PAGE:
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Thread: Is it ethical to spend so much just because you can?

  1. #1

    Default Is it ethical to spend so much just because you can?

    Something I've been thinking alot about lately - for me personally, I live in decent home (which I own), I earn decent money, I have a number of charities and sponserships....but part of me still feels sort of guilty (for want of a better word) when I spend money - like a new outfit for a wedding, or clothes, or shoes or whatever, things I don't really 'need' but desire, when I could be giving more to others.
    And then I open a magazine (another luxury!) and some celebrety has just spent millions of dollars on a wedding, or a summer house, or x celebrity has requested a refurbished hotel room for their stay, or whatever and I find that appalling to spend so much on such frivolous things when I wonder how many mouths could be fed with that, how many lives saved, etc.



    But, then I think, am I really that different? What I spend is probably in comparision with what I earn to what they spend and earn.

    I suppose I feel it's so sad that there are so many starving children (and adults) and homeless and sick and dying in our world, it seems just so wrong.

    What's everyone else think?

  2. #2

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    If you can spend, right now you have an ethical duty to. Think of all those people whose jobs are in the balance. It could be that your purchase is the one that tips the balance and keeps the store open. The people who make the product get to stay in a job. Spending money means you are stopping people from ending up homeless and hungry.

    By all means give more to charities if you want. But don't stop spending! With a global recession going on, shoppers are needed.

  3. #3

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    Don't feel bad, you are doing your bit for the economy! If people who could afford it, didn't buy the more expensive things, or didn't spend as often, then more people would lose their jobs and the economy would be worse off than it is!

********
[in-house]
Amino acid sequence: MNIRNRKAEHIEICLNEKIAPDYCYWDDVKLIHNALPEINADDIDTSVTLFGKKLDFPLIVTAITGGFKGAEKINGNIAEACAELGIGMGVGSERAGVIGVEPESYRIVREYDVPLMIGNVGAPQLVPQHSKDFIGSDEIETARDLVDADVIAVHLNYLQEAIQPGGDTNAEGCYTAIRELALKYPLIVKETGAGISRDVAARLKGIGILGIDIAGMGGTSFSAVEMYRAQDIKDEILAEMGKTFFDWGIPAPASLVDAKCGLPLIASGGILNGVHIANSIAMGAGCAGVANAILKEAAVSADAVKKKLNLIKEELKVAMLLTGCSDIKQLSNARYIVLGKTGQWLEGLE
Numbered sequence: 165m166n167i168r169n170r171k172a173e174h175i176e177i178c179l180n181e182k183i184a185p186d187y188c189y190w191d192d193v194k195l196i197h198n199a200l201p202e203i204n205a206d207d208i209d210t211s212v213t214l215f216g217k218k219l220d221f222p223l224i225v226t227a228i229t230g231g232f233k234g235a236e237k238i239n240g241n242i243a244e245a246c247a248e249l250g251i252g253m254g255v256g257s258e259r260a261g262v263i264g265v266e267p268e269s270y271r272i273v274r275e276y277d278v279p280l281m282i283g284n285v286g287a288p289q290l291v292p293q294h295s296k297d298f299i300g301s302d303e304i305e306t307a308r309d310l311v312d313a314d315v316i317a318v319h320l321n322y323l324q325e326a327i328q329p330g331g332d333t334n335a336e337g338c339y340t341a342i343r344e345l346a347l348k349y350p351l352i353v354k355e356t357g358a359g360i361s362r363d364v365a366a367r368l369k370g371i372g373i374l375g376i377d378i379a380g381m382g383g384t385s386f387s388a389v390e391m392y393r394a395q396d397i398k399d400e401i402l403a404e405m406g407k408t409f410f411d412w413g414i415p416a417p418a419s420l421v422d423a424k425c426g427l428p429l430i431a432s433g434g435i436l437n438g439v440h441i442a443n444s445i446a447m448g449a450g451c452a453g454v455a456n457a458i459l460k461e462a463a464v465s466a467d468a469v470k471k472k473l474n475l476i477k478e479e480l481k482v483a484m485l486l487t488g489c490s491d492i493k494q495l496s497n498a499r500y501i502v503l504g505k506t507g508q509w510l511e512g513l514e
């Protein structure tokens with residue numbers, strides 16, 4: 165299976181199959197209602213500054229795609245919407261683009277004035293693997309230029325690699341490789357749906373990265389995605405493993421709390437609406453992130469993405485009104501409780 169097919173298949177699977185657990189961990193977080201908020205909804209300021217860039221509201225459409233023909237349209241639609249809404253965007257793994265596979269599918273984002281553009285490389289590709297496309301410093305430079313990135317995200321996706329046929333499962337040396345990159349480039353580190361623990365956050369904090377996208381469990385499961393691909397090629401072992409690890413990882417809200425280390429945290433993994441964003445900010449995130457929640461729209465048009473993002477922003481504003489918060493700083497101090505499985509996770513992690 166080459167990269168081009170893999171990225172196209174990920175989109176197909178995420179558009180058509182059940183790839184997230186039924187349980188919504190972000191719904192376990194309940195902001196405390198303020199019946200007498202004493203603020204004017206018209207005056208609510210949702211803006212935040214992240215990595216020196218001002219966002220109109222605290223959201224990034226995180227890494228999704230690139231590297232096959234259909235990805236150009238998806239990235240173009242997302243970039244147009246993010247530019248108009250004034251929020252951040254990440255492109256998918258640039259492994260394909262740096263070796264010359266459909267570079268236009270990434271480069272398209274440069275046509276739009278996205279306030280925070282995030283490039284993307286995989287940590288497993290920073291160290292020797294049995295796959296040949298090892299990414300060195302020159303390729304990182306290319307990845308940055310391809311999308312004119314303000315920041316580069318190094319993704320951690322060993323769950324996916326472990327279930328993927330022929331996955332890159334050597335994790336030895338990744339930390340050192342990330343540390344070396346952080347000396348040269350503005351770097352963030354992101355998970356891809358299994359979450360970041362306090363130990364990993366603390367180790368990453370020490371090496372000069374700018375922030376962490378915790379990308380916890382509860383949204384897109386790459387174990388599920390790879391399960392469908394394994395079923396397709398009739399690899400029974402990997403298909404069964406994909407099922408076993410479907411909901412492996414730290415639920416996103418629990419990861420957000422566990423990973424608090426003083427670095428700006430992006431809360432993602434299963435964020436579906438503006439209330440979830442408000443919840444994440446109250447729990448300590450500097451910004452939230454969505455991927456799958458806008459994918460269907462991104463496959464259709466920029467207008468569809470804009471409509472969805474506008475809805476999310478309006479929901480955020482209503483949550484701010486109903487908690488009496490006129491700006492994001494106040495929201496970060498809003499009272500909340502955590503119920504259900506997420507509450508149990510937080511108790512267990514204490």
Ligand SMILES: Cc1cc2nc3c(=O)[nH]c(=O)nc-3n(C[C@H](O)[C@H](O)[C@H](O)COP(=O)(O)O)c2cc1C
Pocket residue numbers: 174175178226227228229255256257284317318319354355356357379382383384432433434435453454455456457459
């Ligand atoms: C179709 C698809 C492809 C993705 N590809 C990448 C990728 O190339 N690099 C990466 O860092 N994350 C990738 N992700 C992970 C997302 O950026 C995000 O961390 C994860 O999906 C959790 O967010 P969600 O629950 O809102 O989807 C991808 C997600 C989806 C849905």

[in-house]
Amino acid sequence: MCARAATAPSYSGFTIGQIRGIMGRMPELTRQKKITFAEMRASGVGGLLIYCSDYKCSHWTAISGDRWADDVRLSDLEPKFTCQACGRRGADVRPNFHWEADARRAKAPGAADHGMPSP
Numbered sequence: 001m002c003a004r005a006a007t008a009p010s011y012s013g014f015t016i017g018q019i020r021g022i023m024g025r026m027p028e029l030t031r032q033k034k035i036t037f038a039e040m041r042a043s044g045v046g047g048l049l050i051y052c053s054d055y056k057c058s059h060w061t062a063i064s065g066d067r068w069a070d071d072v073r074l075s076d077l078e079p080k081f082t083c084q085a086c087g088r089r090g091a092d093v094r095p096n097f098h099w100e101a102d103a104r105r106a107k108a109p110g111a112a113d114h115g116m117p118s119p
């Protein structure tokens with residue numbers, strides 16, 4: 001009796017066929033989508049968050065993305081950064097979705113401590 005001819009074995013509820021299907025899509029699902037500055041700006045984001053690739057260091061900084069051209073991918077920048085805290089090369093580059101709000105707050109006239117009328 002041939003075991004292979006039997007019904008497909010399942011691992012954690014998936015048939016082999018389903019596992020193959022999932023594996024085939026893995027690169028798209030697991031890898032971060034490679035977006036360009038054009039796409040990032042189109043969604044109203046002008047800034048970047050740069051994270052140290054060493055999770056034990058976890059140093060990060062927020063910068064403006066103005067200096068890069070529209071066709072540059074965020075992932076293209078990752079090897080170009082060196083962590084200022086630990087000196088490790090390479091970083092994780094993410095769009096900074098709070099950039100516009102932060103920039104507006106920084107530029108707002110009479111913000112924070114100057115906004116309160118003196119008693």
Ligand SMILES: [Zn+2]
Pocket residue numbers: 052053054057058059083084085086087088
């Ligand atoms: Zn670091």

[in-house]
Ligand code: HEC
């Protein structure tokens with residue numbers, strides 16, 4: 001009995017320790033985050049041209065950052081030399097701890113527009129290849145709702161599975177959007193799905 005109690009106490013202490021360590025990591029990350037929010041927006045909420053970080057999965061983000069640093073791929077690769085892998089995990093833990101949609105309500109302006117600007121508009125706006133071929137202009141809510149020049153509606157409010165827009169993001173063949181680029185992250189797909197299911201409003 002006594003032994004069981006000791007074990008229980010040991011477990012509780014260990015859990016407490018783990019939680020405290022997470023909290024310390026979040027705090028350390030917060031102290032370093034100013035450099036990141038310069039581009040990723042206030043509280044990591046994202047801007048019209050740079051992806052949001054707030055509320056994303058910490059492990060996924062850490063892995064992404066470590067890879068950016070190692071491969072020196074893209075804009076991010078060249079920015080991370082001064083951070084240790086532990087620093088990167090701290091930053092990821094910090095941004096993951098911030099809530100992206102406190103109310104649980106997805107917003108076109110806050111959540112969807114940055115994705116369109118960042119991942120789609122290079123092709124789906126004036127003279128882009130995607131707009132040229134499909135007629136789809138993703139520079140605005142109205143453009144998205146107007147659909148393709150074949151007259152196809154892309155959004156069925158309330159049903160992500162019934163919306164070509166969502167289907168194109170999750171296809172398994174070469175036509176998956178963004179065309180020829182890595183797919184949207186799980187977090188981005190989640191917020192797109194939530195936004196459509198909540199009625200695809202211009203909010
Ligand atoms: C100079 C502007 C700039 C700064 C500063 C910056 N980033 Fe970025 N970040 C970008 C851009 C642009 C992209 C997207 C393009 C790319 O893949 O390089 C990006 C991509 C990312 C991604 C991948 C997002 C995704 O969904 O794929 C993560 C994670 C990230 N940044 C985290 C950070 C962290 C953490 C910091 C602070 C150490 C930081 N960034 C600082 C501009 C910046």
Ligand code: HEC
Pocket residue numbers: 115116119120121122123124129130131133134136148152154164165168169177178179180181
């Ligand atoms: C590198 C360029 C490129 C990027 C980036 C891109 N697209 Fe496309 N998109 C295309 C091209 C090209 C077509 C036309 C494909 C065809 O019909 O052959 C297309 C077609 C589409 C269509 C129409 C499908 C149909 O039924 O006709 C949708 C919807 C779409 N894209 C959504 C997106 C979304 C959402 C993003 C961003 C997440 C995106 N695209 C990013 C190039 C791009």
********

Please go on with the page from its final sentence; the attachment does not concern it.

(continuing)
People need to buy so we can employ people in retail and manufacturing and transport.

    Also, if you buy Australian, you are helping locals who struggle to compete against cheap asian imports.

    So spend away my friend!

  4. #4

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    Quote Originally Posted by ausgirl View Post
    And then I open a magazine (another luxury!) and some celebrety has just spent millions of dollars on a wedding, or a summer house, or x celebrity has requested a refurbished hotel room for their stay, or whatever and I find that appalling to spend so much on such frivolous things when I wonder how many mouths could be fed with that, how many lives saved, etc.
    ...
    I suppose I feel it's so sad that there are so many starving children (and adults) and homeless and sick and dying in our world, it seems just so wrong.

    What's everyone else think?
    I wonder exactly the same Ausgirl.. I always think if I won lotto, I would save the world ... nice pipe dream I guess.

    Another flip side of spending is the affect that consumerism has on the environment.... all that waste, and all those resources being used to make more and more stuff.

    ETA - I'm not perfect, I'm as guilty as the next person of buying crap I don't need... but in answer to the OP, yes I think about it

  5. #5

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    Having more money to spend gives you the option to make ethical choices, especially on the food you buy. If you are not as restricted on budget you can support local produce, organic and free range animal products and buying from companies that behave responsibly towards their employees and the environment. Once you start looking into it you realise so many purchasing choices can make a difference. You can also opt to pay a bit more for your electricity to have a certain amount come from renewable energy.